Serbs and Croats clash over allegations of Nazi pasts
Belgrade court rules Draza Mihailovic did not receive fair trial for treason in 1946
Supporters of Dragoljub “Draza” Mihailovic hold his picture as they celebrate his rehabilitation in front of a court in Belgrade on Thursday. Almost 70 years after his execution, ardent Serbian nationalist Mihailovic remains one of the most divisive figures of Balkan history. Photograph: Marko Djurica/Reuters
Serbia and Croatia have accused each other of trying to burnish the reputation of wartime Nazi collaborators, increasing the strain on Balkan relations as crisis-hit Macedonia braces for potentially explosive street protests.
A Belgrade court ruled that Draza Mihailovic, who led royalist “Chetniks” against the Nazi invasion of Serbia before forming a loose alliance with the Germans to fight communist guerrillas, did not receive a fair trial for treason in 1946.
Hotly debated historyCommunist Yugoslavia executed Mihailovic and portrayed the Chetniks as brutal fascists but, since the federation’s collapse in the early 1990s, wartime history has been hotly debated and Mihailovic is a hero for Serb nationalists.
Riot police stood guard outside the courthouse to prevent clashes between nationalists and their opponents. The verdict highlighted deep cracks in Serb society and even in its ruling elite. Oliver Antic, an adviser to nationalist Serb president Tomislav Nikolic and a member of the legal team arguing Mihailovic’s case, said: “This is a great day for law and justice, not only for the Serbian people but for all decent Yugoslavs.”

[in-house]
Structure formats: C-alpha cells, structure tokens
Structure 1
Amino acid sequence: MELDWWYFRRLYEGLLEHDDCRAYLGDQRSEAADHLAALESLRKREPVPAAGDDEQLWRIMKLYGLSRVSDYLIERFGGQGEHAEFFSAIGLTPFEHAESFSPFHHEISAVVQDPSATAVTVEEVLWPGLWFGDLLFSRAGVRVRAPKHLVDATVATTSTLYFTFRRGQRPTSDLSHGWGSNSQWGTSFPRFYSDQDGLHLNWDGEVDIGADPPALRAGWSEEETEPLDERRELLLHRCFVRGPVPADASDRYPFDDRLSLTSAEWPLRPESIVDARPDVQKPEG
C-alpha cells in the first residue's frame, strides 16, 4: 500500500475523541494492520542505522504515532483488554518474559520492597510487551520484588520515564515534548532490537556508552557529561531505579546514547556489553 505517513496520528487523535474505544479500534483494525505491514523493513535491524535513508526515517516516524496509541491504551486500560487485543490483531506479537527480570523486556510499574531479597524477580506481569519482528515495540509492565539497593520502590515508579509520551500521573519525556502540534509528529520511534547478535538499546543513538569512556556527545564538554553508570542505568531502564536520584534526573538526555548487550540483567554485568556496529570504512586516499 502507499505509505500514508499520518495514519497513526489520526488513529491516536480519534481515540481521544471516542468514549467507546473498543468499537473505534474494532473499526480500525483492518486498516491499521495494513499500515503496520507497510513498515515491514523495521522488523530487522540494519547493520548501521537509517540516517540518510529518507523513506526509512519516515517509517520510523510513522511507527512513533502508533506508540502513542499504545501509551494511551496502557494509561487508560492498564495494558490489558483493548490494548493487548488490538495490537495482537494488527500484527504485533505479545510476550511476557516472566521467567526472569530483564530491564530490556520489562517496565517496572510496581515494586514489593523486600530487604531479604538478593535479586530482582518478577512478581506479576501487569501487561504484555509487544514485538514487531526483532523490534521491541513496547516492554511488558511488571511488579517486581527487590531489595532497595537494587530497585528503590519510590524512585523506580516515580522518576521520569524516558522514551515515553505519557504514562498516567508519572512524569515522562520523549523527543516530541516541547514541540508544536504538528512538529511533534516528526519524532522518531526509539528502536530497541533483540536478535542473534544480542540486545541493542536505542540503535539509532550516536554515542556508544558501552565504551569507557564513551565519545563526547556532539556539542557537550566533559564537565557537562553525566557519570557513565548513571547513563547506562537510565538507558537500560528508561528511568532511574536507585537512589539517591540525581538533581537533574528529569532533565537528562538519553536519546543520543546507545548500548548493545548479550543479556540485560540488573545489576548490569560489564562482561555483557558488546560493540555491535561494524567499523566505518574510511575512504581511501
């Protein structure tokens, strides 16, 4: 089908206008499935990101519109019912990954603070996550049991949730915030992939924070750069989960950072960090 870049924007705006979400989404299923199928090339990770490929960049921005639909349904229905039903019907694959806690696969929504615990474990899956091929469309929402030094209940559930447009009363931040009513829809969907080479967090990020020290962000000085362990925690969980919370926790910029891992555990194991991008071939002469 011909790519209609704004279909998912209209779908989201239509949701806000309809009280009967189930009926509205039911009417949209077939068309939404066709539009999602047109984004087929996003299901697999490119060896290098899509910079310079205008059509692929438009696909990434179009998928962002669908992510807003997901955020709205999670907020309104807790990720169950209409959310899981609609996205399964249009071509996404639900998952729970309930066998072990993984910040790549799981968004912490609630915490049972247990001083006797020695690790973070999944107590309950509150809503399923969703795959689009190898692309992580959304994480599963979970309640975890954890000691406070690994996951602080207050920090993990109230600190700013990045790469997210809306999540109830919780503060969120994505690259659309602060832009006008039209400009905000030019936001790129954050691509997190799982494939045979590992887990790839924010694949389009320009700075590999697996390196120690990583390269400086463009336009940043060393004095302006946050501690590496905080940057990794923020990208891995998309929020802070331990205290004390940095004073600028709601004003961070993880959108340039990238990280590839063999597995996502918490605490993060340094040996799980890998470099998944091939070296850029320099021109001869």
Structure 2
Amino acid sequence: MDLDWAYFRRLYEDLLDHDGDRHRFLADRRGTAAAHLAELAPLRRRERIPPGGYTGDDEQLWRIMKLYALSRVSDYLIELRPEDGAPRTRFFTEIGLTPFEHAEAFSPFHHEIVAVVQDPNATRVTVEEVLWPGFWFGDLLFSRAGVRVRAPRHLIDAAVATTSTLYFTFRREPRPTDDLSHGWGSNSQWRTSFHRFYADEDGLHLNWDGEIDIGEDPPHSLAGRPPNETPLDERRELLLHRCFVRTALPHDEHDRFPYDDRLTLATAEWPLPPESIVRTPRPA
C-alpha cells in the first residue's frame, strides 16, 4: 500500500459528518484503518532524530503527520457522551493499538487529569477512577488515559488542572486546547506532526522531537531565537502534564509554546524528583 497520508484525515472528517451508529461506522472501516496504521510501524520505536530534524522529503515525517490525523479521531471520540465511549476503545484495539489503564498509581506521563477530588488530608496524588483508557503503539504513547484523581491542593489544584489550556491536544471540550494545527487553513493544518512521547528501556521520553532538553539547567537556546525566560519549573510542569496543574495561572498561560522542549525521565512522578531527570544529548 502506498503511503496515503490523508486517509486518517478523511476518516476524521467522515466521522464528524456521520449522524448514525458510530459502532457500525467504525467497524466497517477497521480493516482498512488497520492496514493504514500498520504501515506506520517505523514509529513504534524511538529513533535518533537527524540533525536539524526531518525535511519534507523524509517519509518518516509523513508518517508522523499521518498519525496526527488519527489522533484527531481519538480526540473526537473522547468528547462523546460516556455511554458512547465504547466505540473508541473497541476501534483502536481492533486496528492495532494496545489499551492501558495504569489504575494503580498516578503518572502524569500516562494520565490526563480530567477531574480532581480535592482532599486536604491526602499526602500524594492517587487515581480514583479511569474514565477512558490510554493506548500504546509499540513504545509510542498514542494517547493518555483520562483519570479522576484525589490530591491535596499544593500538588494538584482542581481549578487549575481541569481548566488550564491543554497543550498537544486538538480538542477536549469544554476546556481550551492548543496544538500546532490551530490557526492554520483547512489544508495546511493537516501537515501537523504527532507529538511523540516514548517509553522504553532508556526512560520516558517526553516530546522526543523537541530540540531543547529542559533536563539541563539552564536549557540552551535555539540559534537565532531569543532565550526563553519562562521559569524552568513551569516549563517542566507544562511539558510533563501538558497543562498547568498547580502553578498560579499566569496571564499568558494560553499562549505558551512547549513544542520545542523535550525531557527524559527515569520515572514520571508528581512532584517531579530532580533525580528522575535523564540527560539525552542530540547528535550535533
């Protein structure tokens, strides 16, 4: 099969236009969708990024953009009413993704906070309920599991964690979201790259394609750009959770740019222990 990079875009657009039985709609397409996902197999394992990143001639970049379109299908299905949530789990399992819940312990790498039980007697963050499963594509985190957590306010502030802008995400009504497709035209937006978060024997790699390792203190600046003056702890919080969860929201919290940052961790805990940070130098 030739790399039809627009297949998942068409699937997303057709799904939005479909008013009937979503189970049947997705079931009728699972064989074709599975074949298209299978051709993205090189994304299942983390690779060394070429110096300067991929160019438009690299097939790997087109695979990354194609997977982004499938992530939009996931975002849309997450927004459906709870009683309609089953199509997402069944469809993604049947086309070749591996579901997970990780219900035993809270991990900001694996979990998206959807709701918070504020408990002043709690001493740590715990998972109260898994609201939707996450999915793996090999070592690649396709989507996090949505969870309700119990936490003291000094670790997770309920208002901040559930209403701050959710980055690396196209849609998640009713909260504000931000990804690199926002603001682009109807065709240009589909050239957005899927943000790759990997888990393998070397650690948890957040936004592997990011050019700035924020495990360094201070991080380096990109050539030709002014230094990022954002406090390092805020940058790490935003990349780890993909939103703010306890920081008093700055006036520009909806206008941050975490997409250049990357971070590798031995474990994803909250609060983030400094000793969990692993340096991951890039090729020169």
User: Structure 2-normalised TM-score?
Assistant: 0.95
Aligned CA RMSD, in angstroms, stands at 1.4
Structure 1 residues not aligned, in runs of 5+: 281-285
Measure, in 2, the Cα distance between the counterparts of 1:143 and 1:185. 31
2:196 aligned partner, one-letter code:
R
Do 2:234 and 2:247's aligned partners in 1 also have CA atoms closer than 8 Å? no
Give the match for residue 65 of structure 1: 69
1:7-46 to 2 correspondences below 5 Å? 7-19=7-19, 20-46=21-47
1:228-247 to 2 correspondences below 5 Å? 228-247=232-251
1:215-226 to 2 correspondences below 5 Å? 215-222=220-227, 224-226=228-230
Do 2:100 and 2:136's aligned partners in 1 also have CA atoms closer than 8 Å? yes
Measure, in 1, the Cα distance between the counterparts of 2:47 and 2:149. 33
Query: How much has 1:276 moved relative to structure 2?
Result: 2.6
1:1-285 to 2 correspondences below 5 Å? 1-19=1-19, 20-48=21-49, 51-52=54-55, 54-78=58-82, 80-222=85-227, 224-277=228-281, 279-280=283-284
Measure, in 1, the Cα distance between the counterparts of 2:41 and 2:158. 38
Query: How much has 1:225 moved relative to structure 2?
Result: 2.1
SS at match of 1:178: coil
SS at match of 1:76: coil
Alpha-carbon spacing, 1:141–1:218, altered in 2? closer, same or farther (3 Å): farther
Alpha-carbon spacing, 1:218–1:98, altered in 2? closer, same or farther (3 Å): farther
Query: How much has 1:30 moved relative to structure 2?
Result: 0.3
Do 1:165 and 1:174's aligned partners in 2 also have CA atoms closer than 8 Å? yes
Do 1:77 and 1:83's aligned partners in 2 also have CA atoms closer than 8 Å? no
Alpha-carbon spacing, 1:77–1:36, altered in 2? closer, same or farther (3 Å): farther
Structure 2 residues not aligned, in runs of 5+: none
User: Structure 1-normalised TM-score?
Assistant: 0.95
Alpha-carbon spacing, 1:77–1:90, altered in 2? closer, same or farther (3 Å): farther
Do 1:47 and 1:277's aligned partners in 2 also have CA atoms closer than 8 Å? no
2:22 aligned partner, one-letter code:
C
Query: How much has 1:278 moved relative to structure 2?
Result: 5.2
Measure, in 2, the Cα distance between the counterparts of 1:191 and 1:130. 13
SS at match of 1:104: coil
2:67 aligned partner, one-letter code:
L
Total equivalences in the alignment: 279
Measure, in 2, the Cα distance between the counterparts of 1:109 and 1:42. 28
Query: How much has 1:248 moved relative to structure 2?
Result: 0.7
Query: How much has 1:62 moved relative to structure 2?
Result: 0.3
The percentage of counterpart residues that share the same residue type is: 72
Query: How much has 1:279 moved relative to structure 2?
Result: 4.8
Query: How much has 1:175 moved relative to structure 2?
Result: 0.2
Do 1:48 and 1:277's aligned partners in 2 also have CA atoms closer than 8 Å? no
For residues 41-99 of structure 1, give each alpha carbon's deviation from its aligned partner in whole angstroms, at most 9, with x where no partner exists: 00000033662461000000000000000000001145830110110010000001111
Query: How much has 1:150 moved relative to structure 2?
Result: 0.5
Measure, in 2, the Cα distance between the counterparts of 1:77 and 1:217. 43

By contrast, interior minister Nebojsa Stefanovic said he was “personally dissatisfied” with the ruling and prime minister Aleksandar Vucic complained that it would only cause division in Serb society.
Officials in neighbouring Croatia were furious. Justice minister Orsat Miljenic called the verdict “a huge mistake, comparable to rehabilitating Hitler.”
“For us, Draza Mihailovic was and remains a criminal. He was a fascist, and that’s it,” he said. Croatia’s president Kolinda Grabar-Kitarovic said she was “very unpleasantly surprised” by Thursday’s decision.
On the same day, however, she paid respects on both sides of the Austria-Slovenia border to Croats whom the communists massacred there at the end of the second World War, in revenge for their bloody collaboration with the Nazis.
Attempted surrenderSeventy years ago, Nazi-allied Croatians who had conducted mass killings of Jews, Serbs and other non-Croats fled in the face of advancing communist guerrillas, and tried to surrender to British troops.
British forces refused to give the Croats protection, and they were executed en-masse by the communists near today’s Austria-Slovenia frontier.
The disputes come at a time of deep turmoil in unstable Macedonia, where critics of its scandal-ridden authorities plan a major protest tomorrow, a day before pro-government forces intend to hold their own rally.